2. Eligible patients will then go on to receive six rounds of modified FOLFIRINOX (mFOLFIRINOX) chemotherapy to shrink cancer cells. (Receiving chemotherapy before surgery is referred to as “neoadjuvant chemotherapy.”)
  3. Patients then receive surgery to remove their pancreatic cancer tumour, which will be submitted for genomic testing to learn further about the patient’s disease subtype.
  4. Once recovered from surgery, patients will again receive six rounds of modified FOLFIRINOX to kill any remaining cancer cells. (Receiving chemotherapy after surgery is referred to as “adjuvant therapy.”)
  5. Once their chemotherapy treatment is complete, patients will be monitored for reoccurence.

By studying this innovative approach through a research-based clinical trial that includes the GATA6 gene, this study has the potential to offer eligible patients a treatment that leads to disease-free survival.

Why is NeoPancONE Important?

Neoadjuvant therapy has been used in other cancers, but it’s not yet standard of care for pancreatic. In fact, even the use of adjuvant chemotherapy is low in patients with this disease: typically, only 50% of pancreatic cancer patients receive chemotherapy after surgery. A further 20% of patients see their cancer progress before their chemo begins.

Recently there have been clinical trials that have included neoadjuvant therapy for pancreatic cancer, but never in combination with a potential biomarker study that can significantly impact and track the response of patients. That potential biomarker – GATA6 – is what makes this trial unlike any other.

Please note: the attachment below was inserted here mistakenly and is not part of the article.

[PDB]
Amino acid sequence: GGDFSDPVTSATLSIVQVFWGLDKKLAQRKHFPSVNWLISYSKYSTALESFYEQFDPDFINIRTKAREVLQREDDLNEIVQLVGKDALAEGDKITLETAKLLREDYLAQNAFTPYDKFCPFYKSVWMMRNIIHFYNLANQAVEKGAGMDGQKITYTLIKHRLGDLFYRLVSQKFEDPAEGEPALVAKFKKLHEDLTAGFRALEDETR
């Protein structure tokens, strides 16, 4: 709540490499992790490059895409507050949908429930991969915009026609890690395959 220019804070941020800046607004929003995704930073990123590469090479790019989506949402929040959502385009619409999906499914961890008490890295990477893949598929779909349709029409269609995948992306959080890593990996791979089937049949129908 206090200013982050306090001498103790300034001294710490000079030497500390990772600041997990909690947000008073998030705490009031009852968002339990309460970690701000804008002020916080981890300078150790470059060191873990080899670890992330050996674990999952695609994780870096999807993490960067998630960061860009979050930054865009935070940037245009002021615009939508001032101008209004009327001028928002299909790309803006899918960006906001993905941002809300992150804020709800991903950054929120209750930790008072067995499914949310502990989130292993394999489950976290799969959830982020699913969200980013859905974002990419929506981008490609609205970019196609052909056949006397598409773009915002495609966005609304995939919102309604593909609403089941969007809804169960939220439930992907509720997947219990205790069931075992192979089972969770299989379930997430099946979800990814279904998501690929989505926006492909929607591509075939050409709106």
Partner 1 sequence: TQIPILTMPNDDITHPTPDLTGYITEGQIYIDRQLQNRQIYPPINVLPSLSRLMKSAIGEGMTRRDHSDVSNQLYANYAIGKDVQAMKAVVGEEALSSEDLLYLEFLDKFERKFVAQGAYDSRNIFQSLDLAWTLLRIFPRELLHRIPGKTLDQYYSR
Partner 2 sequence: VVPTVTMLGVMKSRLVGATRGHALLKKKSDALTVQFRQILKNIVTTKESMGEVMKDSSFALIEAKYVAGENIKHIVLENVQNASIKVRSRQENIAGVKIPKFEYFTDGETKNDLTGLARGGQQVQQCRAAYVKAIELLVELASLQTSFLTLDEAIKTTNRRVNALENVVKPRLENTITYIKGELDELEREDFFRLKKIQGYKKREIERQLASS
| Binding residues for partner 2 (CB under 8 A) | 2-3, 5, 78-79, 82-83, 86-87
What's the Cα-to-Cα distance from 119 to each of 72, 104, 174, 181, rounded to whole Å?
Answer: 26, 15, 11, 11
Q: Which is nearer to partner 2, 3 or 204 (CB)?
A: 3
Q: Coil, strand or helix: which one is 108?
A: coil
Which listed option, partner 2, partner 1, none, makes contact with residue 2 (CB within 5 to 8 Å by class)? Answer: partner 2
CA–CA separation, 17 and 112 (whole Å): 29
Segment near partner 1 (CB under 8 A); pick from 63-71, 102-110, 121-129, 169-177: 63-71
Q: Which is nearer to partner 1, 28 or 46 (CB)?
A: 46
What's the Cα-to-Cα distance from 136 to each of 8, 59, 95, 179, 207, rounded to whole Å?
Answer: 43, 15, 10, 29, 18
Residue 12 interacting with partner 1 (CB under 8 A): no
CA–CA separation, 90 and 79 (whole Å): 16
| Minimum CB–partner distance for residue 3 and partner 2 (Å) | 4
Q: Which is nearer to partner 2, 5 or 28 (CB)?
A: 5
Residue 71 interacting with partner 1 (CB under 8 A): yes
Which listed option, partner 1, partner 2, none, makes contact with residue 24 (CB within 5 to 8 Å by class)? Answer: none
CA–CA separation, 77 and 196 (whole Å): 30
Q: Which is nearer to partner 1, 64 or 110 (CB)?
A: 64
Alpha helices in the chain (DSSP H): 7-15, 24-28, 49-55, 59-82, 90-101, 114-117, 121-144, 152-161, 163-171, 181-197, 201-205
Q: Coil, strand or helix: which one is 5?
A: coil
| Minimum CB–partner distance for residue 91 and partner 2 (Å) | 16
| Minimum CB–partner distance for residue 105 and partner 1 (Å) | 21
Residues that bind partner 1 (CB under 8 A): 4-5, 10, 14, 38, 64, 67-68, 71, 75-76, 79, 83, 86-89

By studying how patients respond to this trial, we will begin to understand which patients will benefit best from this treatment, learn about the aggressiveness of this cancer by subtype, and ultimately save more lives – for patients living with this disease right now and for those diagnosed in the future.

NeoPancONE Primary Outcomes
Increasing survival in pancreatic patients is our one major goal.  Our investments in COMPASS and now NeoPancONE reflect our belief that breakthroughs for this insidious disease are on the horizon. Michelle Capobianco

CEO, Pancreatic Cancer Canada

  • The overall goal is to reduce the chances of disease recurrence, so more patients become survivors
  • Will provide researchers an opportunity to learn about the aggressiveness of the cancer and how it reacts to treatment by subtype
  • Will influence the standard of care so more doctors consider chemotherapy as a treatment that can lengthen – or save – a patient’s life

Participating Cancer Centres

  1. Princess Margaret Cancer Centre – Toronto, Ontario
  2. St. Joseph’s Health Centre – Toronto, Ontario
  3. St. Michael’s Hospital – Toronto, Ontario
  4. Sunnybrook Hospital Odette Cancer Centre – Toronto, Ontario
  5. Kingston General Hospital – Kingston, Ontario
  6. The Ottawa Hospital – Ottawa, Ontario
  7. Jewish General Hospital – Montreal, Quebec
  8. BC Cancer – Vancouver, British Columbia
  9. London Health Sciences Centre – London, Ontario